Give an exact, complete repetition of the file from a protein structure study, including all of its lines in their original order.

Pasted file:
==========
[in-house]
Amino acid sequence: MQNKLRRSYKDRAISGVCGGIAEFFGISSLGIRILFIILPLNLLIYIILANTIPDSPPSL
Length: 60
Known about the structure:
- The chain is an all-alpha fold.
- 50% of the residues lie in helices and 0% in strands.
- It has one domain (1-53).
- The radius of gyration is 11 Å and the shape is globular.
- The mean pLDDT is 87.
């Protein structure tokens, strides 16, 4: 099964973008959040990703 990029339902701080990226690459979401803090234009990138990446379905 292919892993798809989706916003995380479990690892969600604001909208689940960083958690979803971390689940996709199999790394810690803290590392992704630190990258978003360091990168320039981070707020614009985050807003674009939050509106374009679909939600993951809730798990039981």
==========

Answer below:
[in-house]
Amino acid sequence: MQNKLRRSYKDRAISGVCGGIAEFFGISSLGIRILFIILPLNLLIYIILANTIPDSPPSL
Length: 60
Known about the structure:
- The chain is an all-alpha fold.
- 50% of the residues lie in helices and 0% in strands.
- It has one domain (1-53).
- The radius of gyration is 11 Å and the shape is globular.
- The mean pLDDT is 87.
């Protein structure tokens, strides 16, 4: 099964973008959040990703 990029339902701080990226690459979401803090234009990138990446379905 292919892993798809989706916003995380479990690892969600604001909208689940960083958690979803971390689940996709199999790394810690803290590392992704630190990258978003360091990168320039981070707020614009985050807003674009939050509106374009679909939600993951809730798990039981």